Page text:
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Post Middle School students win essay contests
ARLINGTON A pair of Post Middle School students have received acclaim on the city, county and statewide levels for their writing skills.
Max Bryson, a 12-year-old seventh-grader won first place for the city of Arlington, and second place for Snohomish County, for his entry in this years Veterans of Foreign Wars Patriots Pen essay contest, while fellow 12-year-old seventh-grader Amanda Griffith won third place for the state of Washington for her entry in this years Association of Washington Generals essay contest.
While Bryson was tasked with addressing the topic of Citizenship in America, Griffiths project asked, How can we improve K-12 education in Washington state? Bryson was required to complete his essay for Denise Jacksons class, and became her sixth contest winner in three years, while Griffiths teacher, Sherry Anderson, noted that Griffith did not want to do the assignment, so I found it ironic that she won. I am hoping this will inspire her academically.
Brysons essay asserted that our freedom isnt free, and used Sir Isaac Newtons quote about standing on the shoulders of giants as an analogy for modern-day Americans whose current freedoms he credited to the sacrifices of their nations forefathers. He further contended that voting is not only a right and a responsibility of adult American citizens, but also a way to protect what our forefathers protected, since we vote to keep this country alive.
As for Griffith, her essay suggested that high school schedules should be shifted to more of a year-round model, with breaks of two weeks each distributed evenly throughout the year, to break up the extended stretch of summer vacation and cut down on the amount of time needed to refresh students memories about material that theyve already studied. She likewise believes that implementing a zero period, to extend the school day, would create more time for band practice and physical education, in addition to allowing students to acquire credits faster.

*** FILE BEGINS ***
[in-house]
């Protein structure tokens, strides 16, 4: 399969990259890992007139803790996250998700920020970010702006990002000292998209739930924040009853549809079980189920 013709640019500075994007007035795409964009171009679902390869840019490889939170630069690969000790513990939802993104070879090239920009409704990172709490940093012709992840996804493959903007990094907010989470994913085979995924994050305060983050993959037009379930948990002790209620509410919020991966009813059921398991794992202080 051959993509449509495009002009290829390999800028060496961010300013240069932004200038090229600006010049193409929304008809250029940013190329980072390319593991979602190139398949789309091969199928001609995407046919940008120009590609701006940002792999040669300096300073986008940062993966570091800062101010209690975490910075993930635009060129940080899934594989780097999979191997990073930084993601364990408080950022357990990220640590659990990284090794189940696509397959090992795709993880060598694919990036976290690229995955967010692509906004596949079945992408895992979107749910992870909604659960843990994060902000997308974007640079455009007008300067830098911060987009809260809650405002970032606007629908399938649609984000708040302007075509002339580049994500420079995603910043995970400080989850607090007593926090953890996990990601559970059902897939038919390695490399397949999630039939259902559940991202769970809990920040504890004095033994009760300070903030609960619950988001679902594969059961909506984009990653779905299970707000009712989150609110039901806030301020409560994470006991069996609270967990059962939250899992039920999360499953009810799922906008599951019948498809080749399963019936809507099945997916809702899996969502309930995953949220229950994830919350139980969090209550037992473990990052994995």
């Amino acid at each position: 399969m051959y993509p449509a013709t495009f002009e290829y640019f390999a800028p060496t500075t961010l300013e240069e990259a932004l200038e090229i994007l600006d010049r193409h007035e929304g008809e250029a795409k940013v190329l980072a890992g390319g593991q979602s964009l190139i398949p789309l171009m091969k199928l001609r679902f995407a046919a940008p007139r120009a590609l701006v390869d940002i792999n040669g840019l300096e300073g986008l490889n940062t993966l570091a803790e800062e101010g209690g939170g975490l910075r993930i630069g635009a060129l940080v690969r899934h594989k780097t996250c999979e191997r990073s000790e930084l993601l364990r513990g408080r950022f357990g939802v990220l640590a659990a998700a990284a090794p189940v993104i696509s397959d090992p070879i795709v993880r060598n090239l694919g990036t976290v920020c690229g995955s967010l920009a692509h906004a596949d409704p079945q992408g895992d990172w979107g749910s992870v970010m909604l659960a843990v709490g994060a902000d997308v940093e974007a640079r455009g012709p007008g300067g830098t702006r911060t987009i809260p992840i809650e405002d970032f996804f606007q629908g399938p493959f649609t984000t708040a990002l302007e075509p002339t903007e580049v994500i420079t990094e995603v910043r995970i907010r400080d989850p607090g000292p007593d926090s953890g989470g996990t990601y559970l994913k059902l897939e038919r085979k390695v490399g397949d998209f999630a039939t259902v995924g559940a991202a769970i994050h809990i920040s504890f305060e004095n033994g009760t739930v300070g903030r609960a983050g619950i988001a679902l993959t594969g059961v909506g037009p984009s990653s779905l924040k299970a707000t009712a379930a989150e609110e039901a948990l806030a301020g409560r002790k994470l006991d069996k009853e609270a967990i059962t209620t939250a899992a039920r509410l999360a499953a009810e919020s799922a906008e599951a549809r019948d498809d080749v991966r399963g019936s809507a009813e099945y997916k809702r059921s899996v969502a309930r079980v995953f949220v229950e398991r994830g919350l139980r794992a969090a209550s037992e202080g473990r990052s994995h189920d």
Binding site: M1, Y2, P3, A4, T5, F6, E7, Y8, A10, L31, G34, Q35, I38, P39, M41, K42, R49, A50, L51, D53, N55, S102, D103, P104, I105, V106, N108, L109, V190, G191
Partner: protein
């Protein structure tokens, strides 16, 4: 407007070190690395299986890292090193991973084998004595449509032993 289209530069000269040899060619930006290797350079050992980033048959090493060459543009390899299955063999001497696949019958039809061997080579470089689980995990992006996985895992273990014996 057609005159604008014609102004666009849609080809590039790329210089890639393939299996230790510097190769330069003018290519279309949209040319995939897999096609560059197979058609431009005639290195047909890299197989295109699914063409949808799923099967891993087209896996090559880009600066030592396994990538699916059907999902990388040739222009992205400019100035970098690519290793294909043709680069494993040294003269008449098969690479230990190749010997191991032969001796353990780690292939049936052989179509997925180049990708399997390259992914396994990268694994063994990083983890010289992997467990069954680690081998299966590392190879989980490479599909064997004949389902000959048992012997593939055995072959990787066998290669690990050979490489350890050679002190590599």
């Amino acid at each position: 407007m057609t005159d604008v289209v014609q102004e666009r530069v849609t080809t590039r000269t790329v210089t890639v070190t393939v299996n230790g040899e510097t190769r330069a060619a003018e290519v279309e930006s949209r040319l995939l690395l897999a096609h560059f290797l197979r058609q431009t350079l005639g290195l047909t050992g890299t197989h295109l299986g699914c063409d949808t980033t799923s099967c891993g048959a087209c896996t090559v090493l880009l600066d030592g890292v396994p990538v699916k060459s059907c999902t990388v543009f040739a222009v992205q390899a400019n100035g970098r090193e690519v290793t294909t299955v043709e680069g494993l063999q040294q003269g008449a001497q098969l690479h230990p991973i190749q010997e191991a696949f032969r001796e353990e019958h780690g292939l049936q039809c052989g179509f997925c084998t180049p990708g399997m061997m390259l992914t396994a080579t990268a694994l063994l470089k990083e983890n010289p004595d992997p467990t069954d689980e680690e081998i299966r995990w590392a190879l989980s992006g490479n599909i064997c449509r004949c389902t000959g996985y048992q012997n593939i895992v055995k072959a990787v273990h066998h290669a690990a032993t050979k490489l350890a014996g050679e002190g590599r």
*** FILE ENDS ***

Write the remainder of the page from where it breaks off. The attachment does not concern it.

By the time you get to your senior year, you could do half-days, either in the morning or in the afternoon, since youd only be taking the classes you needed by then, said Griffith, who also touted the half-days as giving seniors more time to hold down jobs and prepare for college. Her essay went on to advise that single-gender classrooms could refocus students attention on their studies, rather than on the social thing.
Anderson praised Griffith for her work, but also complimented fellow teacher Jackson as an unsung hero, for the number of her students who have won such essay contests in recent years, going so far as to claim that I upheld the tradition with a third-place winning student, but only because she is my mentor and I follow her program.